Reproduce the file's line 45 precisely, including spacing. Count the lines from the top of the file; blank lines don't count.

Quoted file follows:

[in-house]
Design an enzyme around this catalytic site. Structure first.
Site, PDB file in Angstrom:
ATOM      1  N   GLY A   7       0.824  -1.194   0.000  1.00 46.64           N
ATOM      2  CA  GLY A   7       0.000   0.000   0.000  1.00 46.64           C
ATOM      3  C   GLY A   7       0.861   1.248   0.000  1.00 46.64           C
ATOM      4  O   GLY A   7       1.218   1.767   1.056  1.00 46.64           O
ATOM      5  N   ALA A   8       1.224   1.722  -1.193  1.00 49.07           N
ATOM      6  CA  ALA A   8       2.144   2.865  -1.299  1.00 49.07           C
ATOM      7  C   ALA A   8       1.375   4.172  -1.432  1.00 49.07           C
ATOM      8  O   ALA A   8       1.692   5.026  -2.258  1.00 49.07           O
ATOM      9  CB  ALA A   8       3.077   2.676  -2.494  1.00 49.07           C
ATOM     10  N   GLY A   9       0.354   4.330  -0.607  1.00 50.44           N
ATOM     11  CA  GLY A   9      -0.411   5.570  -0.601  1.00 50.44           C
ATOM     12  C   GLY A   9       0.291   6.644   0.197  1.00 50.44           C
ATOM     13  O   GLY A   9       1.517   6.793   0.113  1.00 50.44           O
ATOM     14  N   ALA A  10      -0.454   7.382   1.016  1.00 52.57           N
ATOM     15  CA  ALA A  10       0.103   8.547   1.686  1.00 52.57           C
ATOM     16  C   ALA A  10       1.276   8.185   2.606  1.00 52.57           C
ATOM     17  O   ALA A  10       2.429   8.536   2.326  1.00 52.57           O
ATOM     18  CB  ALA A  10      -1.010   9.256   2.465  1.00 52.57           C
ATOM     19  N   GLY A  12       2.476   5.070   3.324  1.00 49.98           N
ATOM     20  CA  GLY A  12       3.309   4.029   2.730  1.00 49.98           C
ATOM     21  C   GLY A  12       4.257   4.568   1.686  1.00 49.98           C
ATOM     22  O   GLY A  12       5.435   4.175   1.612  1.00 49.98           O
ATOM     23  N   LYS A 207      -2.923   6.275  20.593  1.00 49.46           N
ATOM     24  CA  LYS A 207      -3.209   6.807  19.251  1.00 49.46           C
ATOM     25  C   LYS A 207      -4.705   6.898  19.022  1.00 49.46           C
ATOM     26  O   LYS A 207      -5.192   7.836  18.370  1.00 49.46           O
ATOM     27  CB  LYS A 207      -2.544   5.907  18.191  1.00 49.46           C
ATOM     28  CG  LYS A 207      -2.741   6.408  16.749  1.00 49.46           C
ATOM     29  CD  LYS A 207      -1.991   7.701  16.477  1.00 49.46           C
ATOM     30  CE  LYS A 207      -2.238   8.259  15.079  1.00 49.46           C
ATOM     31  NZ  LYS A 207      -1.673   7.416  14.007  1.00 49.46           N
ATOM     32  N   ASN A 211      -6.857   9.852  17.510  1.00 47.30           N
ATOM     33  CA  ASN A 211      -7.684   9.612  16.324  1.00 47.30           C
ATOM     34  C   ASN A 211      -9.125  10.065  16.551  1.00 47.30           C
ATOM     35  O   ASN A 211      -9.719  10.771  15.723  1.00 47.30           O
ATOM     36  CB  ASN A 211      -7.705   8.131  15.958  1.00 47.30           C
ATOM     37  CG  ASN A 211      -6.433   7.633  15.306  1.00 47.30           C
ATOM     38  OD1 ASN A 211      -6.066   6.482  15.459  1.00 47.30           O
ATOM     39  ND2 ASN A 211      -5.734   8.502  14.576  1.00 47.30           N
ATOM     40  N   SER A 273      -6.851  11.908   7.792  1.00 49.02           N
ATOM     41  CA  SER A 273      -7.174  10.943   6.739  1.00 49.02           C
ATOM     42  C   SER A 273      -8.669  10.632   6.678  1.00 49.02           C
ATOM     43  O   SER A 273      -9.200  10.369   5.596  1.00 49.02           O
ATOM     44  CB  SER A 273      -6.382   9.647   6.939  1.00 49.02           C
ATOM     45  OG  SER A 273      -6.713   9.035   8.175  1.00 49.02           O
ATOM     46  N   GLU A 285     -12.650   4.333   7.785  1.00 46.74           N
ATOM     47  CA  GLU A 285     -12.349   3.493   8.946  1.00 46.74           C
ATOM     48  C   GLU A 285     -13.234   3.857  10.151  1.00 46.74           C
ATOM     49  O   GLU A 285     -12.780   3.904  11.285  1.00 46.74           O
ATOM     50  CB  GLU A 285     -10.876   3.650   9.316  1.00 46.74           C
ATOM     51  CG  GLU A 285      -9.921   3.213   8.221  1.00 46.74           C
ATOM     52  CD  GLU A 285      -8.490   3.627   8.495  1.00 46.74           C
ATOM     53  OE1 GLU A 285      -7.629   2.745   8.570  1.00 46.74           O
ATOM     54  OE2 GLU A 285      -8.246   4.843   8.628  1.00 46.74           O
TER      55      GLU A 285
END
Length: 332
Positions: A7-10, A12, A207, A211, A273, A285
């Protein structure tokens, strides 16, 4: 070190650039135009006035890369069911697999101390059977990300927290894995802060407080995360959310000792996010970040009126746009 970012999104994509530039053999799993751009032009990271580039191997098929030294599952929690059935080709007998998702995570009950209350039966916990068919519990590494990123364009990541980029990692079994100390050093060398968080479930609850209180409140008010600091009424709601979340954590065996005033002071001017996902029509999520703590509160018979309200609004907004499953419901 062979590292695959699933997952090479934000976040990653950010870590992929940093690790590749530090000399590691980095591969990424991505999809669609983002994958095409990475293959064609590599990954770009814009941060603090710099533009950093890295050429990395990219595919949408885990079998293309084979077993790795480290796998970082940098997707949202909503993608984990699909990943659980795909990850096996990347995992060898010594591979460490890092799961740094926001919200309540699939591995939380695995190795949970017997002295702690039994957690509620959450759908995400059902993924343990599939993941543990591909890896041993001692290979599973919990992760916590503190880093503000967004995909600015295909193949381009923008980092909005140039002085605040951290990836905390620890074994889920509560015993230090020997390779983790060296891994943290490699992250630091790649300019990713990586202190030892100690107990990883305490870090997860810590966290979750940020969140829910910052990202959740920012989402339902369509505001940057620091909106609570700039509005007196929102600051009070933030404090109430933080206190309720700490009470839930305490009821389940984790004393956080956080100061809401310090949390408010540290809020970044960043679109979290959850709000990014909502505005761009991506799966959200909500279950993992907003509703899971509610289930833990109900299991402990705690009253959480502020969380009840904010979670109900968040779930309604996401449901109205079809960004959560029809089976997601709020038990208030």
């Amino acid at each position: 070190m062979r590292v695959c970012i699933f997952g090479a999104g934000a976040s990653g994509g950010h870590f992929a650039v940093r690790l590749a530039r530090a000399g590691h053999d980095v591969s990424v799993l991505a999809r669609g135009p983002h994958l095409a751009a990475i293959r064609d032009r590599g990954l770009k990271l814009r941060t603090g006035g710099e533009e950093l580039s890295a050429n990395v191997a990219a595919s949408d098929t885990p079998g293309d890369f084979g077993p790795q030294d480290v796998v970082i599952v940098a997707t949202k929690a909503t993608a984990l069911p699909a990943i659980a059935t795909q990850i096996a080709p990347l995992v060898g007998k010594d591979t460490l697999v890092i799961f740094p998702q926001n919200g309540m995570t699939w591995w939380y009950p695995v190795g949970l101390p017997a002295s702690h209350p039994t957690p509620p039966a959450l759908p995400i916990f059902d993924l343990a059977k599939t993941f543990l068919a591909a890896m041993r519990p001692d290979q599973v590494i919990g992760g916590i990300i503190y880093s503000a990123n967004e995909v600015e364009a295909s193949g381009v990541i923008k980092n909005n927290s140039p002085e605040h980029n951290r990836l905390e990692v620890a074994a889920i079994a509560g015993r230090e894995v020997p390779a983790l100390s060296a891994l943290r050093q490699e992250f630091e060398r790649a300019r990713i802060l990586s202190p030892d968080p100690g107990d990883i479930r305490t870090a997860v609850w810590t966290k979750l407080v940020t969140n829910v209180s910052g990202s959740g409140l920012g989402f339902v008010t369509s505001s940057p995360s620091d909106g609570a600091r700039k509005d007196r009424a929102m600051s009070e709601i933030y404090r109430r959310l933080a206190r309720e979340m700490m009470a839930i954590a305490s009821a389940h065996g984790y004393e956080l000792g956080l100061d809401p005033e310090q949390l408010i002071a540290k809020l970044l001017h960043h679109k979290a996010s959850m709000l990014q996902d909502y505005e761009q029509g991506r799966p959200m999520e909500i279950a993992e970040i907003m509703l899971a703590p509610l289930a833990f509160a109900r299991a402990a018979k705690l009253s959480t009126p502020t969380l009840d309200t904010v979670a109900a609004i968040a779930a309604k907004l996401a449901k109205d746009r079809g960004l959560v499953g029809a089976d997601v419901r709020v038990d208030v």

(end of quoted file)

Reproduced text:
ATOM     42  C   SER A 273      -8.669  10.632   6.678  1.00 49.02           C